Monday, July 08, 2013

Fractal, Part VI

This is the sixth part of a short story draft. Part I. Part II. Part III. Part IV. Part V.

I was at home on Friday, just finishing up dinner and preparing to settle down and read some articles in the recent issue of Transactions on Neural Simulation and Artificial Planning Systems, when the doorbell rang, and I found, much to my surprise, that it was David.

"May I come in?" he asked.

"Of course," I said. We settled down in the living room; I had to push a large pile of Foundations of Engineering for Artificial Intelligence and Trends in Machine Learning and Response off the couch to give him a place to sit.

I was about to ask if he would like some tea, when he said suddenly, "Stimson has taken me off the project."

I sighed. "I will talk to him on Monday. He is bound to give in if I threaten to make trouble."

David shook his head. "It doesn't matter. I've actually come for a different reason."

There was a pause, and I waited for him to explain, but when he spoke again, he said, "We've been fighting the fight for a long time, haven't we, Charli?"

"I suppose, although it usually seems too short for me."

He smiled wanly. "To me it seems like it's been forever, and just gets worse. I guess that's what human life is: lots of little disasters making up a big disaster."

I laughed. "'Disaster' is not the word I would use for you," I said. "You have accomplished more in your life than generations of people can usually accomplish. You have done things that were once considered impossible."

"Do you think of Becky much?"

"Every day, obviously," I said.

"We need to keep our promise to her," he said.

"We already have. Our success with the project is proof of that."

He looked at me a long moment, and said, "Morgan Stimson cannot be trusted with the project."

"I agree," I said. "He is out of his depth. But that has always been true."

David shook his head. "That's not what I mean. Everything before was unimportant, but now it's entirely different. We cannot leave her at his mercy."

It took me a moment to figure out who 'her' was. "Rebecca? But Morgan will not interfere with the project itself. He knows it would be his head if anything went wrong."

He shook his head again. "I've always admired you, Charli, and you are my oldest friend, perhaps my only friend, but sometimes I don't think you see the people around you. The man is a parasite interested only in money and power, and he's spent his entire life leeching off our successes. But she is something utterly new, a thousand little revolutions in one, and there are dollar signs in his eyes. He is taking steps to take the project over, and he has removed me because I made it clear to him that I wouldn't stand for it. And that is treating his actions charitably. He was always jealous of Becky and me, and now that he can have her to himself, who knows what he'll do...."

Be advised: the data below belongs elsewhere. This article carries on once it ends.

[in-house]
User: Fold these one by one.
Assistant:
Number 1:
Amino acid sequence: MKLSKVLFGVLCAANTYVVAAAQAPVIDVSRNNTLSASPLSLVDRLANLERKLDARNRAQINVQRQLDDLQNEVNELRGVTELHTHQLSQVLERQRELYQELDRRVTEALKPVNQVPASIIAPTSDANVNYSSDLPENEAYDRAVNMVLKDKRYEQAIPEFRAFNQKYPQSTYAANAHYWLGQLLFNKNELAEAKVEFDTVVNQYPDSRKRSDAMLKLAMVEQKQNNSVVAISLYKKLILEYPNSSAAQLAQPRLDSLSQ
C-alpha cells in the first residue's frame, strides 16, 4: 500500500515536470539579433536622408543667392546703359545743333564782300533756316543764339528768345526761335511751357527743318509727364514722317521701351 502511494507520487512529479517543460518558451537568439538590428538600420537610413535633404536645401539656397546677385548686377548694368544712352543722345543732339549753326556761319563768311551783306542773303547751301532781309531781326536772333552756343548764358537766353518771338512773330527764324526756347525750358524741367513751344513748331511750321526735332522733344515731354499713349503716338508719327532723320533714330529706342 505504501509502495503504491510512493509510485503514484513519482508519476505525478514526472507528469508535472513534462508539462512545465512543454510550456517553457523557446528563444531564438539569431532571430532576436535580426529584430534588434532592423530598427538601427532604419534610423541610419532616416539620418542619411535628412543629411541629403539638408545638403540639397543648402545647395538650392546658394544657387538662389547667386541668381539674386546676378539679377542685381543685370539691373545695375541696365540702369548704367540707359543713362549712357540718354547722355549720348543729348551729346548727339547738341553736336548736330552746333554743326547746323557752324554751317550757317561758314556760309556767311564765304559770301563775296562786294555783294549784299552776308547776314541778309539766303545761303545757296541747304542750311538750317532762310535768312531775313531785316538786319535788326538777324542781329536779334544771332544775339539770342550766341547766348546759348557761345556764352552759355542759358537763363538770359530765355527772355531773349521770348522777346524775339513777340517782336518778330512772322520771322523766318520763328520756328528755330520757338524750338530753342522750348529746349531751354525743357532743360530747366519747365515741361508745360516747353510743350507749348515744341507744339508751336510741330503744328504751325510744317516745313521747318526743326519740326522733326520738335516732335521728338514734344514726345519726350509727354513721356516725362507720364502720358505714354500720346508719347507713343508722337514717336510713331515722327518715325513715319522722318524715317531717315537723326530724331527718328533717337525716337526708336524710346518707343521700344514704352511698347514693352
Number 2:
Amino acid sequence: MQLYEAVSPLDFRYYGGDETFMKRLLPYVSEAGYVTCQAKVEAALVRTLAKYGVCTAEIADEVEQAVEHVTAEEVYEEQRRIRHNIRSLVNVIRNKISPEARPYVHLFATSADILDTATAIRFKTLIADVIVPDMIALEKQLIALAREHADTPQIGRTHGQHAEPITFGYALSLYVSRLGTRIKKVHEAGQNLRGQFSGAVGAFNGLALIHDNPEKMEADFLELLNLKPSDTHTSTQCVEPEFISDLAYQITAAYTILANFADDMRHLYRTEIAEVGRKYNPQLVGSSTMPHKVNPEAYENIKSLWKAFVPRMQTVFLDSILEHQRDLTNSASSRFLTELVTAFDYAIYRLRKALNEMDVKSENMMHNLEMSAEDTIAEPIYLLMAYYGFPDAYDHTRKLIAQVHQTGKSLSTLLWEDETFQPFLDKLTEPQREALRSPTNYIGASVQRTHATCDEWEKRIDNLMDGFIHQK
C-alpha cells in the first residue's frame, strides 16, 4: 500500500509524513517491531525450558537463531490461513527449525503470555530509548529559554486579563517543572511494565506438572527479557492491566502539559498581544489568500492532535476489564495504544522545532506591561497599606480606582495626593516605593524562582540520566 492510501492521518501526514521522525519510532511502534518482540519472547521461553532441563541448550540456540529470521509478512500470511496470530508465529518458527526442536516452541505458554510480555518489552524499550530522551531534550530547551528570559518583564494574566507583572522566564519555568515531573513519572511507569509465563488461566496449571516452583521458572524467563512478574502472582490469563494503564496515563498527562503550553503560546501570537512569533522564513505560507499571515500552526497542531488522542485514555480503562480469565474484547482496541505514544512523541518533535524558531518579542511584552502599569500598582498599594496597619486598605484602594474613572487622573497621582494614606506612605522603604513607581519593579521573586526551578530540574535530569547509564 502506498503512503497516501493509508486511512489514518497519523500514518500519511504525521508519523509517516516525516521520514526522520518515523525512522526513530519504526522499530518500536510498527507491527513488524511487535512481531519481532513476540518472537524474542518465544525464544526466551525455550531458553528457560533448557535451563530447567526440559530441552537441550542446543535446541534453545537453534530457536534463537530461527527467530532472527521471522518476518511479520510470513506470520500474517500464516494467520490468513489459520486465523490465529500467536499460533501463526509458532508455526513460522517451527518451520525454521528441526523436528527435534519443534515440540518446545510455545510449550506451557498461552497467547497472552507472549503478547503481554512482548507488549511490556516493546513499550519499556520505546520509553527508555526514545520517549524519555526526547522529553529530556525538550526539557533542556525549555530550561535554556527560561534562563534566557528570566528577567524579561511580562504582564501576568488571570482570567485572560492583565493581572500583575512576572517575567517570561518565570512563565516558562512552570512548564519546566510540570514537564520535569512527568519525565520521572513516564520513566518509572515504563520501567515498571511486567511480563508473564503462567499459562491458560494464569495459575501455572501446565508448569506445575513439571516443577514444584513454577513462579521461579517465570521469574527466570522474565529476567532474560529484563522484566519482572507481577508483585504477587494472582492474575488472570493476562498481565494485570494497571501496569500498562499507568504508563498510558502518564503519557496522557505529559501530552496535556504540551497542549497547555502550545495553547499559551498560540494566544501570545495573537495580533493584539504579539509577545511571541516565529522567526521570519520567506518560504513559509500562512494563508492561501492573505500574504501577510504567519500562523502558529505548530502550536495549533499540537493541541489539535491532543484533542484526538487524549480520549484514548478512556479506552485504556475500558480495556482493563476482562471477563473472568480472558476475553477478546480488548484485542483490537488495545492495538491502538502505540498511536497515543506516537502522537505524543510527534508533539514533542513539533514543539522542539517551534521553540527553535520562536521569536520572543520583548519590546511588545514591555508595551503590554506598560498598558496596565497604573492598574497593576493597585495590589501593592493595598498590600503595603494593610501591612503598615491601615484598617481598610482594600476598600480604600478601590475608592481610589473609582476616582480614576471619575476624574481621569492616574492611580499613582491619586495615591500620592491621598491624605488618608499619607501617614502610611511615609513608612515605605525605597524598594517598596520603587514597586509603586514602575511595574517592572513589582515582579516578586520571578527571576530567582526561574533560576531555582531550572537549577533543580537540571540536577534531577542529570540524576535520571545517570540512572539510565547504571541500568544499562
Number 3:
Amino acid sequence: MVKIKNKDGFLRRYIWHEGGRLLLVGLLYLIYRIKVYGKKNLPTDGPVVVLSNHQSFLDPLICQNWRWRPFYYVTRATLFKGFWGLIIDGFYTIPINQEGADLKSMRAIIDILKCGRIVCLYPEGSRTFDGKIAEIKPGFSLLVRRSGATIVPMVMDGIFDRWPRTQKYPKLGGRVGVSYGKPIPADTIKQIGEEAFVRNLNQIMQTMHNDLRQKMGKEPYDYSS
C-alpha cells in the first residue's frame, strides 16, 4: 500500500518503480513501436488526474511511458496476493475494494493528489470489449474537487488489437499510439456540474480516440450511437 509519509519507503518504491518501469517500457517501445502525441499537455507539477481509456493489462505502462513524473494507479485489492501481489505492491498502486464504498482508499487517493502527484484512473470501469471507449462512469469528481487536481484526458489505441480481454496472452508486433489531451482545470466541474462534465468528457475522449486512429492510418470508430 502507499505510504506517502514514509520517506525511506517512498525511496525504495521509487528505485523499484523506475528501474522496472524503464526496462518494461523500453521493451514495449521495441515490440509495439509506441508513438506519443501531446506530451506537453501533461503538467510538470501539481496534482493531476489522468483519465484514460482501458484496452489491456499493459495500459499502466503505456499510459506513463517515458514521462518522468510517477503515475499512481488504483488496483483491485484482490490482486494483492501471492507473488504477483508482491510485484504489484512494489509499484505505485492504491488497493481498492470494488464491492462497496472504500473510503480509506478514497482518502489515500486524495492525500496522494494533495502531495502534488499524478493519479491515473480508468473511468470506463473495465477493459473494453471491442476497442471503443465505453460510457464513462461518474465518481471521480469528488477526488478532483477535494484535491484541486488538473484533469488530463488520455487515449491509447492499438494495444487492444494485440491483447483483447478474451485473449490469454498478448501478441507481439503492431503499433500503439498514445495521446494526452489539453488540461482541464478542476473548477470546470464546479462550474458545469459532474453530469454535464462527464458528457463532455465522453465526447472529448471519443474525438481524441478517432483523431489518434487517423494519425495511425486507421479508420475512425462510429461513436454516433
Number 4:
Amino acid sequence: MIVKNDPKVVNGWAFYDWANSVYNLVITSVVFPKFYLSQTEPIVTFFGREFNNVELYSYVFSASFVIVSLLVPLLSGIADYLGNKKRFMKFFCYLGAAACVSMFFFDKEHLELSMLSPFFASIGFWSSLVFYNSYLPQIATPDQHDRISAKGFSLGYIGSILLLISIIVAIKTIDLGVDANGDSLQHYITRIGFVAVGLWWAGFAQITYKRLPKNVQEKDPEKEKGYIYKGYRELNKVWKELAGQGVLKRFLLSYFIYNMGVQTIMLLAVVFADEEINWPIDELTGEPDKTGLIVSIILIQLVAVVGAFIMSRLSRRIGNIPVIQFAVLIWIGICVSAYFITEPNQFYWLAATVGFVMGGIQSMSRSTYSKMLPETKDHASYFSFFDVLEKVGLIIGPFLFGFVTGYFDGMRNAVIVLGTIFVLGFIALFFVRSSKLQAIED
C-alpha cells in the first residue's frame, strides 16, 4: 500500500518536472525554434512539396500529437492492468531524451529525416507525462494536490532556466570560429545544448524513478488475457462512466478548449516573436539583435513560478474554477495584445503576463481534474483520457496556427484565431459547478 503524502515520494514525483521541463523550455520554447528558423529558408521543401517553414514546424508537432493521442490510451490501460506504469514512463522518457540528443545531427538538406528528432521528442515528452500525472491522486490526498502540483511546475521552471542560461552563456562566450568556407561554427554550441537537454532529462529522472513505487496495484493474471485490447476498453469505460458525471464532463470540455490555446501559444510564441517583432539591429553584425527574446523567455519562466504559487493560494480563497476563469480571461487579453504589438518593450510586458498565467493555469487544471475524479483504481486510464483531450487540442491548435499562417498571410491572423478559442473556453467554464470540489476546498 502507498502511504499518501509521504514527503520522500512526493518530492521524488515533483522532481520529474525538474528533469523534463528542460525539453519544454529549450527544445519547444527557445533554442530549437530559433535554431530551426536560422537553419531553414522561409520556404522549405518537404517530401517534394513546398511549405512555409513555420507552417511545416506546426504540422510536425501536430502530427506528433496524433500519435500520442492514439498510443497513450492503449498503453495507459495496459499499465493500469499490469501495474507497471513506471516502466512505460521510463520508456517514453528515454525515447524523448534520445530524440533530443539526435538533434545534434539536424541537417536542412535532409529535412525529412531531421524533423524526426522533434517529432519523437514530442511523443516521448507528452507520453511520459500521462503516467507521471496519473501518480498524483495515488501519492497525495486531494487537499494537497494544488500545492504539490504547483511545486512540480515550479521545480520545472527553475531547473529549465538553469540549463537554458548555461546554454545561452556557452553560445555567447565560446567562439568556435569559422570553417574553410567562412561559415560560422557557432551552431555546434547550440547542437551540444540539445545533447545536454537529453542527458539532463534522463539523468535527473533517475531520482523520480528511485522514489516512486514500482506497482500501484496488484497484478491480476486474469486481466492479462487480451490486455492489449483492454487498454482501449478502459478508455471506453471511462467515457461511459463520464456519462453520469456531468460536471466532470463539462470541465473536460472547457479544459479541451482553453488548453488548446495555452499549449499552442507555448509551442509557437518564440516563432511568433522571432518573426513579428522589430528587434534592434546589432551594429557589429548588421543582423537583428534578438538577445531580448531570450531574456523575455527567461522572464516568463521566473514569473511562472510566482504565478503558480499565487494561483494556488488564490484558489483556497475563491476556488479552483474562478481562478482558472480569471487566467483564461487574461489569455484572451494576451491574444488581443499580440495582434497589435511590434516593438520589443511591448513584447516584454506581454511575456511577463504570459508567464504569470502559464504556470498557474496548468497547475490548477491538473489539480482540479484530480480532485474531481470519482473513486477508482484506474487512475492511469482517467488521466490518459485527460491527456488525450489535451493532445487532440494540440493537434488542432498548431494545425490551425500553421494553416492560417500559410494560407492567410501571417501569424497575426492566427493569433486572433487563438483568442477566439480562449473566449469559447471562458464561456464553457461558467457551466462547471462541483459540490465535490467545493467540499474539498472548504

"David," I said, "Rebecca is not Becky. "

His mouth set in a straight line. "I know that, Charli," he said evenly, "but it doesn't change anything. You and I owe it to Becky to make sure her legacy doesn't end up in the hands of Morgan Stimson. And even if that weren't the case, think of the ethics of it! Do you really trust Morgan Stimson to do the ethically right thing by Rebecca?"

"I would not trust Morgan Stimson to do my laundry," I replied. "But there's no need to get excited about it. You and I can work out a set of protocols and go around him...."

"This is not the time for your usual cool-headedness, Charli," he said. "Honestly, how can you think about her just locked up in a laboratory all the time and talk about formulating protocols? There has to be a better way."

He took a deep breath, as if gathering courage, then said, "I have contacted some people who can get her away. They don't know the details about her, only that Trisagion is holding her unjustly to experiment on her. Trisagion plays God enough that it wasn't difficult to find people who would believe that. All I have to do is get her out of the lab. It's all ready to go, but when Stimson pulled me off the project, he took the lab permissions off my card. I need your entry-card."

I was flabbergasted, sitting there looking at his intensely earnest, expectant face, so very different from the David I though I knew.

"Are you serious?" I said, managing to get it out only with difficulty. "What would happen to you?"

He held up his hand. "Don't worry about me, Charli. I have it all planned out. I know exactly what I'll do. You don't need to worry there. And you don't have to worry about security records, because I know how to erase them. Once I'm in, I'll be able to do that without any problem. Trisagion's been paranoid about competitors recently, it won't be difficult at all to use that to cover any other tracks there might be. I just need your card."

"But, David," I said, "this seems so extreme...."

"Good God, Charli!" he said sharply. "What do you think they are going to do with her, set her up in an apartment somewhere? They're going to experiment with her until she breaks. And I know for a fact that Morgan Stimson has talked with the Board about making more. All for more experimentation, or, worse still, sold off like cattle. Imagine a production line of Rebeccas sold to the highest bidder! Is that what Becky was aiming for? We have to protect her vision. I just need the card."

I opened my mouth to refuse, to say No to David for perhaps the first time in my life. But as I did so, I could not help thinking of her in the garden, so very Becky-like that she could be a sister or a daughter, but so child-like and free from care. With a sigh I handed David my entry-card.

"Thank you, Charli," he said, bounding up to take it. "You are a saint. You will not regret this. The last big hurrah of B, C, D, 1, 2, 3."

He left, and I sat still for a very long time.

to be continued

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